Disclaimer: This story is a work of fiction and any resemblance to any people, real or fictional, is entirely a coincidence. In addition this story involves homosexual thoughts, feelings and actions. If this is not what you want to read, please visit another website. In addition if reading this story is illegal in your area you need to go to another website now. If you want to contact me my e-mail address is below.
Love From the Printing Press
By David Cross
Lunch at Vadil Prep wasn't the stuffy, formal affair that dinner was, so there was a greater sense of freedom and horseplay. Conversations flowed more openly, and Derek often heard the yells and shouts whenever a group of friends passed around some good news or some piece of gossip or rumor. Derek, for his part, sat quietly at the table unofficially reserved for the riff-raff, the scholarship kids. He couldn't remember a single time one of the rich kids had ever invited anyone from that table to come to another. Yet, strangely, he barely knew any of his comrades at that table. Why that was, he wasn't really sure. After all, they were in the same boat as he was.
Then again, Derek reflected, nobody else at the table really bothered to make overtures either. Social conditioning, a voice in his head echoed. It was rapidly inculcated that scholarship students should be seen and not heard except under specially-defined circumstances - i.e. in class. So the instinct took root never to talk even to one's peers. He found it odd, this discovery that even as he regularly thought heretical things about the world he lived on, he was regulated and channelled just as effectively by the control mechanisms he recognized. One person thinking by himself or herself hardly has an impact. It is when those thoughts are communicated that an individual becomes a threat to the community at large if the status quo is seriously threatened.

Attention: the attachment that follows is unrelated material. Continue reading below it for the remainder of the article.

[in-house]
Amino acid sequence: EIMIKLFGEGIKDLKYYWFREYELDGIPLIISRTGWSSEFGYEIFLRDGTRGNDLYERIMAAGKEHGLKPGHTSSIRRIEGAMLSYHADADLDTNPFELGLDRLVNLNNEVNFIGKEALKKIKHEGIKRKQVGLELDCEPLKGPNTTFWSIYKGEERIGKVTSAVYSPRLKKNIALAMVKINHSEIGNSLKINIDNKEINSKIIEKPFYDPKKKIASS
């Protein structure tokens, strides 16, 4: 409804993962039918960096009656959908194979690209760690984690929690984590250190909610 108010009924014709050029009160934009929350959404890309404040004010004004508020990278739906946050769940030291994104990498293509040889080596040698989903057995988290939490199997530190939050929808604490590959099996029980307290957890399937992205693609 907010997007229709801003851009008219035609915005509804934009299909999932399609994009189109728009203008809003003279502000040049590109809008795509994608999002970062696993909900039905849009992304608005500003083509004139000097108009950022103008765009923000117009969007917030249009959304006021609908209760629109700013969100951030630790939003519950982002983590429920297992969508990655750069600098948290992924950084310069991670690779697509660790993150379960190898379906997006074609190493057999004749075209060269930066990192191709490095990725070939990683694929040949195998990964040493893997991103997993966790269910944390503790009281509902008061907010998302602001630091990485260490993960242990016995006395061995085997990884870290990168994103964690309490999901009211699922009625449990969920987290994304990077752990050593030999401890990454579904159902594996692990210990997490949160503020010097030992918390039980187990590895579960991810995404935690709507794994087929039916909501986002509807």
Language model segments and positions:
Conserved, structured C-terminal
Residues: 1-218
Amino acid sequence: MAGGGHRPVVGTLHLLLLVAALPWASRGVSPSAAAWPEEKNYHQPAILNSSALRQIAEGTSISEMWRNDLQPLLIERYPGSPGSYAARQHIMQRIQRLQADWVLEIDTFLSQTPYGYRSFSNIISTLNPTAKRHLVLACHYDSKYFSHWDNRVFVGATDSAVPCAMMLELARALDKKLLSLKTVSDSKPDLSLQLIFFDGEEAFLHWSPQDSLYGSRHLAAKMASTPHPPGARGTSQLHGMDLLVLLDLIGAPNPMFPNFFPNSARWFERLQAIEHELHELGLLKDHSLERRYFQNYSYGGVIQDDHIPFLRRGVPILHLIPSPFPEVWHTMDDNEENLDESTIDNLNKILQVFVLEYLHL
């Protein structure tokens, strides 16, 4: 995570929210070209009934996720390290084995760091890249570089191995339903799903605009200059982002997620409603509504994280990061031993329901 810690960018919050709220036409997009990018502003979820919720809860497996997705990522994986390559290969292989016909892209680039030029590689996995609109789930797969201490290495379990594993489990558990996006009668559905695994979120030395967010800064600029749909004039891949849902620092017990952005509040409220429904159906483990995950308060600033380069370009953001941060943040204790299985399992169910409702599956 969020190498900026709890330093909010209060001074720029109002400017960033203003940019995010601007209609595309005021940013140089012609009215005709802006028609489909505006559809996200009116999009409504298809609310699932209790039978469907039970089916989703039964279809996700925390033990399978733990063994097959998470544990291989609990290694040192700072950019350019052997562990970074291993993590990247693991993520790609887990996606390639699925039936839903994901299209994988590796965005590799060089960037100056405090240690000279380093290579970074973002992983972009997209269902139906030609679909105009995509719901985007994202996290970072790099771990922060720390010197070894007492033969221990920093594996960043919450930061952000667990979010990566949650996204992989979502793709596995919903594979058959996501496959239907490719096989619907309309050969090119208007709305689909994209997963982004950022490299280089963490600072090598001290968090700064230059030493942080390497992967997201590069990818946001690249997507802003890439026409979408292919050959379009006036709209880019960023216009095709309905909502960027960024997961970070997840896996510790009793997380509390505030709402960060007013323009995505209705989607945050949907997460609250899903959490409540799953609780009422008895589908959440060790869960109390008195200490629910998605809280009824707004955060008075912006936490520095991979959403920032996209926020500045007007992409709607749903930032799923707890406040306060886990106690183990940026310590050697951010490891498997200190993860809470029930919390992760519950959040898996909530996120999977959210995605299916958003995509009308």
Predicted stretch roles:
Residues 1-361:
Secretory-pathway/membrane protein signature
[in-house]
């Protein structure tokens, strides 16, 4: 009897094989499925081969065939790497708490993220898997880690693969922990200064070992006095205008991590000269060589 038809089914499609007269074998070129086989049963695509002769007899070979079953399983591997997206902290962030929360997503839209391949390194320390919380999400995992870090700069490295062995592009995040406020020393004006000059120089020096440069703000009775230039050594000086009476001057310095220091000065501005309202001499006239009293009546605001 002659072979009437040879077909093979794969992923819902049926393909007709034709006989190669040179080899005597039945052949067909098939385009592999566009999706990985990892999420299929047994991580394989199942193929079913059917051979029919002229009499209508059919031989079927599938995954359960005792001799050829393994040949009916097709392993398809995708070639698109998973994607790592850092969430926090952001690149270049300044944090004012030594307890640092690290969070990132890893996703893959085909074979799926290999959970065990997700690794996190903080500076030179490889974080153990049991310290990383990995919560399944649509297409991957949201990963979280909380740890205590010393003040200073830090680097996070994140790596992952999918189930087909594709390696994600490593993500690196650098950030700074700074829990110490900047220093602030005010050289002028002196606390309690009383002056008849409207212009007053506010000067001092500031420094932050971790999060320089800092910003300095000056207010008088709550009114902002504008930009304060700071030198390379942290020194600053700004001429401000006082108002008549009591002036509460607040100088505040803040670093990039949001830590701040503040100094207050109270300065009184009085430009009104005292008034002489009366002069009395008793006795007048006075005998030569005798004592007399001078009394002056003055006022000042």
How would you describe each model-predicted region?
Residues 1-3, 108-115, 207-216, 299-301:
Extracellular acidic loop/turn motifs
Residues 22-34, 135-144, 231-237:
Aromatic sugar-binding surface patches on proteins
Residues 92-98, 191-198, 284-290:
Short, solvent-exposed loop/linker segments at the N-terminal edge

Derek was playing with these thoughts as he mechanically ate and swallowed his food. Unlike at dinners, where the boys and girls were seated alphabetically within each grade and served by actual waiters, lunches were a grab-your-own-food affair from a central smorgasbord filled with food intended to be as palatable as possible to a wide variety of people. A voice a few tables down broke into his thoughts.
"No way, Randy! You're kidding me. Tell me you're kidding me!" A skinny black-haired guy was speaking to the blond-haired guy who'd stared at Derek at the media circus a few days before. So that's his name, thought Derek. But what were they so excited about?
Randy was seated such that Derek could easily see his face, and the guy had the self-satisfied smirk of the proverbial cat that ate the proverbial canary, although Derek had never seen a canary except in encyclopedia presentations. Randy was bragging, and rather loudly. "Nope. It's all absolutely true, guys. My parents booked a one-month vacation at the Sahlstrom Resort on Delisle! Low-grav sports, anyone?" That last was punctuated by a sharp thump on the table.